In an age of increasing interaction with Europe, surely young people should be learning about the origin of those things we have in common with our neighbours, e.g. language, culture and history? Make Classics compulsory, say I!
Esther, Harrow, UK
I am amazed by the number of comments saying that there is not enough time for everything to be taught properly. Why ever not? Make children stay at school for longer so that there is time. Why should the education of future generations be compromised simply because the government is too lazy or incompetent to come up with a sensible education policy befitting a developed country? I fear New Labour is a little too scared of the teaching unions...
History should be taught in schools, but not just what King reigned when and who won what battle. That sort of history was and still is a real turn off for a lot of people. I have a degree in history and I couldn't tell you which King ruled when - history is a far more interesting subject than remembering dates.
Stephen Fyfe, Glasgow UK
I loved history - but only really the modern 20th century history that had major implications for the world we live in today. I don't think history should be compulsory, it's like marmite - you either love it or you hate it. But then, the government on one hand has said they want more children to do languages, but stopped them being compulsory at GCSE, so it's not like education policy actually makes sense.
It's not surprising kids don't know anything about history. For a start, it's not taught in chronological order - how can a child get any sense of history when they are taught the Ancient Greeks and Egyptians after they have spent a year learning about Anglo-Saxons - there is no sense of continuity. My daughter dropped history after being told they were doing the Wild West in America for GCSE. With this kind of muddle going on, is it any wonder that they have no coherent idea as to what happened where, when and to whom?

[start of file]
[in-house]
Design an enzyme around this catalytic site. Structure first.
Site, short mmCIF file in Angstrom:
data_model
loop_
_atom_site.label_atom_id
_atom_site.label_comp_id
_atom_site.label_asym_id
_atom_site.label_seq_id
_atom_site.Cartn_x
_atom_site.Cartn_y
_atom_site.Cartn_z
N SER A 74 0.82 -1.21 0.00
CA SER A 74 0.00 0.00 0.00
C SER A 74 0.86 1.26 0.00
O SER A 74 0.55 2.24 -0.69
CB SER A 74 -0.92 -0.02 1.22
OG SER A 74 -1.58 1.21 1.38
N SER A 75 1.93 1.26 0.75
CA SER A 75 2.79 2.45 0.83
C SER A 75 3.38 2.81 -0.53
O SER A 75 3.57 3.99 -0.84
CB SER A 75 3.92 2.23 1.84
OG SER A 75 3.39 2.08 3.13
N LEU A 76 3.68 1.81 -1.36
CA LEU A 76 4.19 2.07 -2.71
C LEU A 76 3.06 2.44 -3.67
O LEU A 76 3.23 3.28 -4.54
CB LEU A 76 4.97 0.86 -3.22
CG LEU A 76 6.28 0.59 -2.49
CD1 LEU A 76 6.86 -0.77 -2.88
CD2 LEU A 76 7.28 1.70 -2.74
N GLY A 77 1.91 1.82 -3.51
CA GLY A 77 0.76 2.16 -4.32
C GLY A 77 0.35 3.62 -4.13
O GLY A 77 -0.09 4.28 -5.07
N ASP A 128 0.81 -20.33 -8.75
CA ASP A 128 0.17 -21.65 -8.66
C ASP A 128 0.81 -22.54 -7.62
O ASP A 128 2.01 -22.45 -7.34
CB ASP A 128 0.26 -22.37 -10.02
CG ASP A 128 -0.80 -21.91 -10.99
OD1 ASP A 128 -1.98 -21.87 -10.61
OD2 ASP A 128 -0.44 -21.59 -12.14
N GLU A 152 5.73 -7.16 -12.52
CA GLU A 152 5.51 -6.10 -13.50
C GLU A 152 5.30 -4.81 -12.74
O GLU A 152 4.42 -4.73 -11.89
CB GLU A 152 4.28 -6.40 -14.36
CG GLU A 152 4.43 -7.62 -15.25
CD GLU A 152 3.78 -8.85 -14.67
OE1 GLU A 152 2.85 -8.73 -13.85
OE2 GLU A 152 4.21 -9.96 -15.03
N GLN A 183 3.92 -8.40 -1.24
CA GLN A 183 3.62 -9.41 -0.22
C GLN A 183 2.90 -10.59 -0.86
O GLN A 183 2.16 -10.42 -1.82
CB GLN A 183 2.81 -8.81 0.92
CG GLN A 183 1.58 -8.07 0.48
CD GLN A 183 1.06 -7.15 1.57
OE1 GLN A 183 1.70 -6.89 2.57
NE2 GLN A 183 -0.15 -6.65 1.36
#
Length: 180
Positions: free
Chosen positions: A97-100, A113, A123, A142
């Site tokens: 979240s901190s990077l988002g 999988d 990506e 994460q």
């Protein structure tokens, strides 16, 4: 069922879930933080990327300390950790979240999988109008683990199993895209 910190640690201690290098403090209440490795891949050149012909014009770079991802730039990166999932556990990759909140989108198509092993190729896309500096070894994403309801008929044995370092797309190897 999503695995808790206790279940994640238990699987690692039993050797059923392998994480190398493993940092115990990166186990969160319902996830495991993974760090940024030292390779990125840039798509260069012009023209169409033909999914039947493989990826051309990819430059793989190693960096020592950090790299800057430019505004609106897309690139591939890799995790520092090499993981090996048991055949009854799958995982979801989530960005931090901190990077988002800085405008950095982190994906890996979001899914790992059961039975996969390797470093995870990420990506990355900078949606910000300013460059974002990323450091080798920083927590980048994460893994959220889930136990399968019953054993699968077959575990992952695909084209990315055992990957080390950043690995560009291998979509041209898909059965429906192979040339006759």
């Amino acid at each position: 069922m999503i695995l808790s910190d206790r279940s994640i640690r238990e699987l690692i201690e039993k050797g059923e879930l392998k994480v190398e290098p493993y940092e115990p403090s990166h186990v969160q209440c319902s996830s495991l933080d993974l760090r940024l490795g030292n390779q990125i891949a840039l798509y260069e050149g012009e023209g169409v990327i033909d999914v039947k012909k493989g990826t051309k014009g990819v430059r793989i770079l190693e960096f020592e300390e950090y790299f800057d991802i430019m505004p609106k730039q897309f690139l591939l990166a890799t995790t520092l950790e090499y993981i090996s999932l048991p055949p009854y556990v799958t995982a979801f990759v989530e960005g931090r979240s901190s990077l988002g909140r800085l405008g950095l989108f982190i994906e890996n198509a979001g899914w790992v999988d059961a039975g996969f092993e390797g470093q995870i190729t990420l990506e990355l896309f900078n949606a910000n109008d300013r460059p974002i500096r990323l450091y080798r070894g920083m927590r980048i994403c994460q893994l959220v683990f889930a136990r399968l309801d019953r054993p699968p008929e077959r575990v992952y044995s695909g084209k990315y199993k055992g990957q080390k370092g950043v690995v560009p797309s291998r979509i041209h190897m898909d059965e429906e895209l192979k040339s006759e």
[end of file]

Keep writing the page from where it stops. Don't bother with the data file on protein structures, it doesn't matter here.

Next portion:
Alison, Margate, UK
I am a history major at Wayne State College in Wayne Nebraska and I completely agree that history is and should be an important lesson for all children. Even in The States, I am appalled at the ignorance of my peers when it comes to history, historical matters, and historical figures. Perhaps this day - January 27, the 60th anniversary of Nazi Camp liberation - is a perfect example of what George Satanaya said: Those who do not remember the past are condemned to repeat it.
Jonna, Lincoln Nebraska, USA
I find it staggering that the majority of people don't see history as an important area of study. We should not only take pride in the rich historical heritage we are lucky to have in this country, but should feel compelled to study other cultures and their histories as well. History is the very basis of society and its varied cultures. To ignore its importance is tantamount to disregarding our mutual heritage and identity.
Once again the Tories are proving how outdated their ideas are. History is something an individual is either interested in or not, and therefore at the age of fourteen they should be given the option to cease their study of history if they wish to do so. In today's modern world of globalisation and technology, surely an intelligent opposition would be pressing to make IT compulsory. Would this not be a more beneficial subject than learning about events that happening centuries ago?
Andrew Griffin, Ormskirk, Lancs
In my opinion the problem with history at school is not the amount, its the content. We should be teaching relevant 20th century history that explains the major features of the world that we live in. We should also be teaching critical thinking and media analysis rather than reciting the names and dates of battles parrot-fashion.
Richard Read, London, UK
One of my greatest regrets of my school years some twenty-odd years ago was that the history teaching was so bad I gave it up at the first opportunity. History is a fascinating and necessary subject, but I didn't realise this until about 10 years after I left school.
Adam, London, UK
Half of the things that the Tories complain that children don't know aren't even taught at GCSE history! I didn't do history for my GCSEs 4 years ago because it was all 20th century history and about war and politics. If it had been earlier history I would have considered it. I think its more important that primary schools cover the basics of every period - that is when I learnt a lot about Tudors, William the Conqueror and so on.
Emma, Cambridge, UK
Of course History will have little bearing on future job prospects (professional historians excepted!) but silly me, I always believed that education was less about job training and more about life training. Make it compulsory; make it interesting; make it relevant.